January 17, 2018
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A Necessary Prescription

President Barack Obama had the difficult task Wednesday night of convincing a skeptical public and divided Congress that not only was health care reform necessary — now — but that a plan like he outlined was the best way to proceed. The true measure of the success of his prime-time speech isn’t what the pundits had to say afterward (liberal commentators loved it, conservative ones found lots of faults) but what Congress does in coming weeks.

As the president said, inaction or delay is unacceptable. “Everyone in this room knows what will happen if we do nothing,” he said near the end of his address. “Our deficit will grow. More families will go bankrupt. More businesses will close. More Americans will lose their coverage when they are sick and need it the most. And more will die as a result.”

President Obama reiterated the failings of our current system: We spend 1½ times as much per person as any other country and Americans aren’t any healthier. We are the only advanced country that doesn’t ensure all of its citizens are covered by health insurance. We are the only country where families go bankrupt because of medical bills. Rising insurance costs make U.S. businesses less competitive and stifle innovation by keeping would-be entrepreneurs in jobs with health insurance.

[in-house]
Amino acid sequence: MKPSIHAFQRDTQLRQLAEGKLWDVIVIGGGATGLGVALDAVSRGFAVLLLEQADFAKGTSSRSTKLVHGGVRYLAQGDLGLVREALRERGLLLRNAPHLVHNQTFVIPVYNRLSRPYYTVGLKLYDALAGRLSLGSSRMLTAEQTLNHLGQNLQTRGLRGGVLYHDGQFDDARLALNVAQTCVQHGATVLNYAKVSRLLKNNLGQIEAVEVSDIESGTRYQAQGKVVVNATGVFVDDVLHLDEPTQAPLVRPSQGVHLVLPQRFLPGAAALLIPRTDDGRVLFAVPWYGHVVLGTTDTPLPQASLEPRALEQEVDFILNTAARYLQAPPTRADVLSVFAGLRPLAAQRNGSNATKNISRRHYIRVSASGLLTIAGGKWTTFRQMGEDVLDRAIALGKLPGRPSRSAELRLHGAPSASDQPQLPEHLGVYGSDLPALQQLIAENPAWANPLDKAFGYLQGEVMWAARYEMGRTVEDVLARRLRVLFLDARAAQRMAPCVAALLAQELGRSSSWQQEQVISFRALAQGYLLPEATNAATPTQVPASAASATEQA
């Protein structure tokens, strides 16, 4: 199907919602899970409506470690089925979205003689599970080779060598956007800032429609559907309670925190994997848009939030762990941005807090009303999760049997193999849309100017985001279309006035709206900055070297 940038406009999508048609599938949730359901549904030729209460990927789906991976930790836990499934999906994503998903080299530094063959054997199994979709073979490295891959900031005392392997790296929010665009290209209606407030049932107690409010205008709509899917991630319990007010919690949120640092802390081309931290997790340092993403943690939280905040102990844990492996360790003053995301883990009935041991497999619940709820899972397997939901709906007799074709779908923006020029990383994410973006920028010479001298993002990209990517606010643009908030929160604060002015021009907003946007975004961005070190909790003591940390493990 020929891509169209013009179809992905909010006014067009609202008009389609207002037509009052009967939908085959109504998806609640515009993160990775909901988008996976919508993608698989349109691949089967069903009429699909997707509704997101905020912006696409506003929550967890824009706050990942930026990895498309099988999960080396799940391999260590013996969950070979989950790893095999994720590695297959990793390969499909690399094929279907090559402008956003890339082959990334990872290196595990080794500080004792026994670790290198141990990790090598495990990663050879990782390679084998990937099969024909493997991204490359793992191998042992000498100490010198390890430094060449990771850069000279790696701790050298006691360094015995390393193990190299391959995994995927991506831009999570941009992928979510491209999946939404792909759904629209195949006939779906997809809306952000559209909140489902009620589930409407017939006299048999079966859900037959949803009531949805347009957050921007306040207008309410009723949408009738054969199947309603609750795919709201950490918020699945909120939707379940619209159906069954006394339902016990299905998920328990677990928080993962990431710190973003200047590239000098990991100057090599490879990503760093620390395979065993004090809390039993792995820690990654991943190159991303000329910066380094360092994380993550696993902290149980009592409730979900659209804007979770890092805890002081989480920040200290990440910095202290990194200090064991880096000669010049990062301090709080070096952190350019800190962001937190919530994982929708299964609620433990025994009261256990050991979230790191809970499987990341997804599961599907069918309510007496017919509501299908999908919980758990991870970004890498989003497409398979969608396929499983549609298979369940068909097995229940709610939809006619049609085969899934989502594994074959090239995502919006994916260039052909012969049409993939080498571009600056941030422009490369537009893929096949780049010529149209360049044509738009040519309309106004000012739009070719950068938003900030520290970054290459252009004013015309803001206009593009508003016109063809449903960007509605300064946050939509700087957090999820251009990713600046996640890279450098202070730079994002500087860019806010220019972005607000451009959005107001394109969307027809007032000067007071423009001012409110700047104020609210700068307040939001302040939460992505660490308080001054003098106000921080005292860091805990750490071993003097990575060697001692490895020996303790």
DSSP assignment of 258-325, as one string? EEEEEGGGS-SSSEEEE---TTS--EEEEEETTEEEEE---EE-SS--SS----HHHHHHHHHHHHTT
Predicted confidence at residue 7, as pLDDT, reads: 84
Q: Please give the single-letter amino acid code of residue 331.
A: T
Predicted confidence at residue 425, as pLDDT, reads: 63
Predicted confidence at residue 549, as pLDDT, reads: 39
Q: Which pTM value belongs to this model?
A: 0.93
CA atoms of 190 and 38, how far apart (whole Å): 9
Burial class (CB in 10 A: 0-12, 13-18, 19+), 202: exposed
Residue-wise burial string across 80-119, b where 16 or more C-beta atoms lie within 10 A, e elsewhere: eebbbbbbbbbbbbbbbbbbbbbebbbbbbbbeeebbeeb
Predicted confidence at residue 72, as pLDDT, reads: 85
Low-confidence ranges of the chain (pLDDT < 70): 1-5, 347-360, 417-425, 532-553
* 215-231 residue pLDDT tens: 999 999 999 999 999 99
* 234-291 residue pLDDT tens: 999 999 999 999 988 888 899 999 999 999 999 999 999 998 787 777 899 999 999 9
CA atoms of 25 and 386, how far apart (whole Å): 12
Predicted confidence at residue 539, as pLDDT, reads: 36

While the reasons for reform should be clear, the solution has not been, in part because the debate has been hijacked by talk of “death panels” and “government-run health care.” President Obama, perhaps not as succinctly as possible, outlined his solution, which would meet three goals. It would provide more “security and stability” to those with insurance; extend insurance to those without it; and slow the growth of health care costs.

Stability and security would come from needed restrictions on insurance companies, such as barring denials of coverage because of pre-existing conditions or dropping coverage when someone becomes sick or injured.

The biggest change is that individuals would be mandated to have health insurance, and employers, but not most small businesses, would be required to provide insurance or help cover the cost of insurance for their workers. For those without insurance, an exchange would be created where individuals and small businesses could buy insurance. A public option would be available to ensure competition.

The president was vague about reducing costs, but suggested an emphasis on cost-effective best practices and reducing waste and inefficiency in Medicare and Medicaid. He also pledged immediate authorization of projects to test malpractice reform, an element Republicans have long said should be part of the plan although 33 states already cap malpractice awards.

Max Baucus, the Montana Democrat who chairs the Senate Finance Committee, said the president’s proposal was “uncannily similar” to what his committee is working on. Theirs is the only group still drafting legislation and the only one where Republicans continue to participate.

Commentators only half-joked that the president should give his speech in Maine. Sen. Olympia Snowe, a member of the Finance Committee and its Gang of Six that is negotiating legislation, is considered the most likely Republican to back sweeping reform.

Negotiations and compromises are necessary; delay and inaction are unacceptable. Success depends on the willingness of key players, Sen. Snowe among them, to meet the urgency of the problem with leadership and courage.

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